The federal Bankruptcy Abuse Prevention and Consumer Protection Act of 2005 made it relatively easy for a landlord anywhere in the country to evict a tenant even if he or she has declared Chapter 7 or Chapter 13 bankruptcy. Before the law was enacted, tenants would try to stop their evictions by filing for bankruptcy to get an automatic stay. However, under the 2005 law, a landlord can proceed with an eviction if he or she has won a judgment for possession, even if the tenant files for bankruptcy and obtains an automatic stay.
While in most states bankruptcy provides little protection against a judgment for possession, a tenant in certain states can stop an eviction by filing for bankruptcy. In those states, tenants are permitted to cure the default and file a certification with the court.
In some states, a tenant will have the opportunity to cure the default before eviction.
The certification must correctly state that the state laws allow you to cure your default after the judgment for possession is entered, and it must be served on the landlord. Moreover, with the certification filing, you will need to deposit with the court clerk rent that would be due within 30 days of filing for bankruptcy. You have another 30 days from the bankruptcy filing to pay any arrearage and file a certification stating you have done so. If you successfully complete these steps, the automatic stay will remain in place, and you will not be evicted. However, if a landlord objects to the tenant’s certification on the grounds that it is untrue, the bankruptcy court will hold a hearing. The court will then lift the stay, and the landlord can proceed to evict.
A tenant has slightly more leeway if the landlord has not already won a judgment of possession. Even if the tenant becomes behind in the rent or violates a clause in the lease, a landlord is prohibited under the automatic stay from starting eviction proceedings. A landlord that hopes to evict the tenant must file with the bankruptcy court where the tenant filed and ask the judge to lift the stay.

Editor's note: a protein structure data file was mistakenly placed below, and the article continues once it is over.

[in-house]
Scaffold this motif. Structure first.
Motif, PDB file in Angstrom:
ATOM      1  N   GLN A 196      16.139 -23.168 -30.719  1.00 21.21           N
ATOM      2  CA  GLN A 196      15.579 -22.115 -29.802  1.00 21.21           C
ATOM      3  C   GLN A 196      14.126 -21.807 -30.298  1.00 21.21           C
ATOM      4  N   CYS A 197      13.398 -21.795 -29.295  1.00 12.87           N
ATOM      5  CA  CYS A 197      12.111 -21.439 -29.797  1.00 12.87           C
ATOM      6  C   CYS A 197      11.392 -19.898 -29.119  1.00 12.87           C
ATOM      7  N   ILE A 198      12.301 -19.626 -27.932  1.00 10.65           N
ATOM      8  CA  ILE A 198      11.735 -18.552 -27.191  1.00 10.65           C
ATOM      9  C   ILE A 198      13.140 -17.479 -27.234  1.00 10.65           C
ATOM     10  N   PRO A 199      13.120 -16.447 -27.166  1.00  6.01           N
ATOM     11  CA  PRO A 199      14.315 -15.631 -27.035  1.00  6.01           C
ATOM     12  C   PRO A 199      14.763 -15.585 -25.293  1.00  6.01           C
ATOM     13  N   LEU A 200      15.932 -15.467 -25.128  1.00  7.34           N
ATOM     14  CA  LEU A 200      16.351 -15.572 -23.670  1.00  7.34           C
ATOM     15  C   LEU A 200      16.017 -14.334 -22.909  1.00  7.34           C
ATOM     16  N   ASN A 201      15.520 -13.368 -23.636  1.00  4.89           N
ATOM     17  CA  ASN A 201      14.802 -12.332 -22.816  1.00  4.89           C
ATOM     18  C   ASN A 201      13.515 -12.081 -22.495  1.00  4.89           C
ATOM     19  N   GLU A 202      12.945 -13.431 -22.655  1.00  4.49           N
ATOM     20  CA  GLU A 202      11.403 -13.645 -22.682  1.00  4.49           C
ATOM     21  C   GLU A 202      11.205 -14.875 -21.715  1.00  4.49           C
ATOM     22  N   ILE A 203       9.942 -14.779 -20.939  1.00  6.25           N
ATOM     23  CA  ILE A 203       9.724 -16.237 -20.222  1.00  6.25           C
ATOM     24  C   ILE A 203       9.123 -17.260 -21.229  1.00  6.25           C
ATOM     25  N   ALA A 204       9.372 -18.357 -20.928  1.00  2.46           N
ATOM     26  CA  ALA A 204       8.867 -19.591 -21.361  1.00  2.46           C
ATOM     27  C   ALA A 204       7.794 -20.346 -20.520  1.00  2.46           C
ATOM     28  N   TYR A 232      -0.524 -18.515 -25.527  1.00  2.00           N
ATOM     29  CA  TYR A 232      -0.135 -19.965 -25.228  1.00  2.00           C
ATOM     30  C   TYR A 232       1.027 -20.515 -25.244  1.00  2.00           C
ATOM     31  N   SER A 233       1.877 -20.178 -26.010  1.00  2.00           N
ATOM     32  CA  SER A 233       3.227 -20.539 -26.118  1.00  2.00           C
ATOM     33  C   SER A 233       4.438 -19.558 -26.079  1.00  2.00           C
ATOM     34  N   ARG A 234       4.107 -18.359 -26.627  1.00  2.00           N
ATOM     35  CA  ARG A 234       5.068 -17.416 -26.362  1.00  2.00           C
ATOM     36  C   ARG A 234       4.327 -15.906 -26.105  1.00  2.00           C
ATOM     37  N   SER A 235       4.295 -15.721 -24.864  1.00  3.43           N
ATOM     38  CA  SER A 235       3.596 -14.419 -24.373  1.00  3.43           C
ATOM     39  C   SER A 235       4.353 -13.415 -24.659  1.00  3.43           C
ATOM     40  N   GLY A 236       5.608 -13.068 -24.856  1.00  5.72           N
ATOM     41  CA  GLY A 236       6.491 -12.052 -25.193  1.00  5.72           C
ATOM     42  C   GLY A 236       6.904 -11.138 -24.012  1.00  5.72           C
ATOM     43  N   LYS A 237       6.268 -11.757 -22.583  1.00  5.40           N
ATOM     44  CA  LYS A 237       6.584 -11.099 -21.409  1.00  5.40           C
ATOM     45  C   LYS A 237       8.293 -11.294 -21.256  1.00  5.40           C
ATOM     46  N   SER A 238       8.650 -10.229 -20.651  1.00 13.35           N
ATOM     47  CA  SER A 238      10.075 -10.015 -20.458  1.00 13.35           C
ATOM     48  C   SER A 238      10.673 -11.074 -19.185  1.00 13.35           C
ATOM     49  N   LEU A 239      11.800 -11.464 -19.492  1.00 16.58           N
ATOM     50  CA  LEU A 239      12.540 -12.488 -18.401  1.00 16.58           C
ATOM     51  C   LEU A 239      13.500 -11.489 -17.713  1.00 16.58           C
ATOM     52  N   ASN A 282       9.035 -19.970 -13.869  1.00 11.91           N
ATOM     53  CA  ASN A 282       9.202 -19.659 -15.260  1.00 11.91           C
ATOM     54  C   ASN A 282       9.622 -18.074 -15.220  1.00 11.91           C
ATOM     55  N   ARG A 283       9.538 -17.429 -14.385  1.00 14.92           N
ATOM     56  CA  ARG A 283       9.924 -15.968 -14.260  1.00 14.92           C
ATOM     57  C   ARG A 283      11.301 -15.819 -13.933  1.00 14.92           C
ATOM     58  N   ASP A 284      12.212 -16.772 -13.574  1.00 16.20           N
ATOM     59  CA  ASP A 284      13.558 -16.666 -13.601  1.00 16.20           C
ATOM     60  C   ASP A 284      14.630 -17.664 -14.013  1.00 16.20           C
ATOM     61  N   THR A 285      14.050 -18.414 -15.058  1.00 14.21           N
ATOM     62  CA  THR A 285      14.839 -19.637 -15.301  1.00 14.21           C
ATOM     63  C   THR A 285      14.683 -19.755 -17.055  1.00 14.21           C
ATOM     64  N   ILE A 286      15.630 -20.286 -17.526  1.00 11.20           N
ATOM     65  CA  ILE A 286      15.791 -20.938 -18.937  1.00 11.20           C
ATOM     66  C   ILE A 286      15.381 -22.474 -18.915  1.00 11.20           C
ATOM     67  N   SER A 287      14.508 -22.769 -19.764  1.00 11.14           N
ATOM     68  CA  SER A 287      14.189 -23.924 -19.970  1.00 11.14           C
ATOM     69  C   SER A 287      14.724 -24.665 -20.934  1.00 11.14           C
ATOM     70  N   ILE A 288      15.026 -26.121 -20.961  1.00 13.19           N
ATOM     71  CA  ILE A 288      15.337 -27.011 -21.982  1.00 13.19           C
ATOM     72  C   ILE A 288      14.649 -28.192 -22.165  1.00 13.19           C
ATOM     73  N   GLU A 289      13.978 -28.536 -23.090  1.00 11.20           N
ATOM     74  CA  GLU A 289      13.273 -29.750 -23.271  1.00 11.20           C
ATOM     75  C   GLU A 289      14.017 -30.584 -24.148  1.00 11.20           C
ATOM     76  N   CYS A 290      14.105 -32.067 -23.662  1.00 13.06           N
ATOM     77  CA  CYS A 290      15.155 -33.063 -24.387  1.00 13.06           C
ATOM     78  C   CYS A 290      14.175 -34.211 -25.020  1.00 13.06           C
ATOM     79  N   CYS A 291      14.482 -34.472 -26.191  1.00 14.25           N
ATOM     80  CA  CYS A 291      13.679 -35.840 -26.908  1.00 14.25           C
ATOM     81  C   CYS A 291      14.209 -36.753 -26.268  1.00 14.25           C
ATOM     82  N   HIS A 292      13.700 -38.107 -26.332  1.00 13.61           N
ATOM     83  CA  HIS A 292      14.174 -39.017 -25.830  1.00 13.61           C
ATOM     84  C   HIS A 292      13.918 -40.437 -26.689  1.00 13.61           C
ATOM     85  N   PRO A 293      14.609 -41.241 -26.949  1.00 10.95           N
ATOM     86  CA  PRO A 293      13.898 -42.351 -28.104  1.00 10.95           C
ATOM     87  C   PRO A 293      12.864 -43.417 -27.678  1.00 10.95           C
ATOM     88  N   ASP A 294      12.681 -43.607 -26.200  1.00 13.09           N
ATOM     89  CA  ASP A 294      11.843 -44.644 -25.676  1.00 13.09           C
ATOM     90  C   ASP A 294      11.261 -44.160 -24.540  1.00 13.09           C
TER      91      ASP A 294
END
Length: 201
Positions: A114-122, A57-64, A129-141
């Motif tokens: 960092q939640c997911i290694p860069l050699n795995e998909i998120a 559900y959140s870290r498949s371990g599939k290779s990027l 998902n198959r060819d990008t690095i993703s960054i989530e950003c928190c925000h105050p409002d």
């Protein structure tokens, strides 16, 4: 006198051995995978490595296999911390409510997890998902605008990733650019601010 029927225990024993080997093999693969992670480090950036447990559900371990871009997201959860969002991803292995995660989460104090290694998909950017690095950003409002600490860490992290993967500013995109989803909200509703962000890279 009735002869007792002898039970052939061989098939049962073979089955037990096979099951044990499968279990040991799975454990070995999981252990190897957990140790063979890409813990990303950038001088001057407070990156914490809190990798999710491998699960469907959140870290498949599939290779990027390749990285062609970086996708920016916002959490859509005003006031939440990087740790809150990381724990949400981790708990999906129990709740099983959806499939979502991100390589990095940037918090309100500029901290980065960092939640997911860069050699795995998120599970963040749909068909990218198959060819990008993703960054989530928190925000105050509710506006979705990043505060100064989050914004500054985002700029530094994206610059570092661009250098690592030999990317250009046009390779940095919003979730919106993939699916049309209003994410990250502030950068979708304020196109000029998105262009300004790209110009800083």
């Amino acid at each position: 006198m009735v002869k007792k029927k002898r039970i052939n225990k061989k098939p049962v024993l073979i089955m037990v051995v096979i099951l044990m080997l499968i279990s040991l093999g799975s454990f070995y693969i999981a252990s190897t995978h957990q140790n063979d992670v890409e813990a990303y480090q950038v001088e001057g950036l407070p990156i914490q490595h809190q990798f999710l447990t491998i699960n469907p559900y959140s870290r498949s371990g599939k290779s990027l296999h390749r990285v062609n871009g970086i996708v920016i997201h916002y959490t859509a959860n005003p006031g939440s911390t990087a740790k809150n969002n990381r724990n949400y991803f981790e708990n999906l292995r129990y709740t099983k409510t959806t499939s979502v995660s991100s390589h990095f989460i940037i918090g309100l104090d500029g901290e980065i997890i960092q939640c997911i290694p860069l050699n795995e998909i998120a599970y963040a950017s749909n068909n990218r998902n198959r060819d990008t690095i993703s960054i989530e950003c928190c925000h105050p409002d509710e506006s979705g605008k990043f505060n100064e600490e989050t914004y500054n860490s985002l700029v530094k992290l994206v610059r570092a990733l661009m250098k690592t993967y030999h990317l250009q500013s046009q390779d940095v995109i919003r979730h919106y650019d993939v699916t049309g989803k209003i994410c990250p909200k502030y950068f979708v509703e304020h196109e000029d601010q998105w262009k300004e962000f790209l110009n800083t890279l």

When a tenant is using illegal drugs or endangering the property, however, a landlord may proceed with the eviction without asking the bankruptcy court to lift the stay. Instead, the landlord will prepare a certification that the tenant endangered the property or used illegal drugs on the property, and file it with the bankruptcy court. The tenant must be given notice and the opportunity to file an objection within 15 days of being served. If the tenant objects, the court will have a hearing in which both sides can present their arguments.
Proceeding With Eviction
Depending on applicable state law, a landlord may generally proceed with an eviction without asking the bankruptcy judge to lift the automatic stay if:
A judgment of possession was granted before bankruptcy; or
The tenant endangered the property or used illegal drugs there.
Can A Bankruptcy Affect a Tenancy Where the Tenant Is Not In Default?
A bankruptcy estate of all of a debtor’s non-exempt property is created when he or she files for bankruptcy. The trustee who administers this estate has the authority to decide whether the debtor can continue with his or her lease. Usually, a trustee lets the debtor keep the lease. However, if you are a debtor who is renting a place that is too expensive in light of your income, and there are other rentals with more reasonable rent, the trustee has the authority to terminate your lease and tell you to rent one of the more reasonable places instead.
Moreover, even if you are a tenant who has never been late with the rent, your landlord has the right to ask the bankruptcy court to demand that you show proof of your ability to pay rent in the future. The landlord can ask the bankruptcy court to lift the stay if you default on your rent during bankruptcy. Bankruptcy judges usually honor a landlord’s request to lift the automatic stay.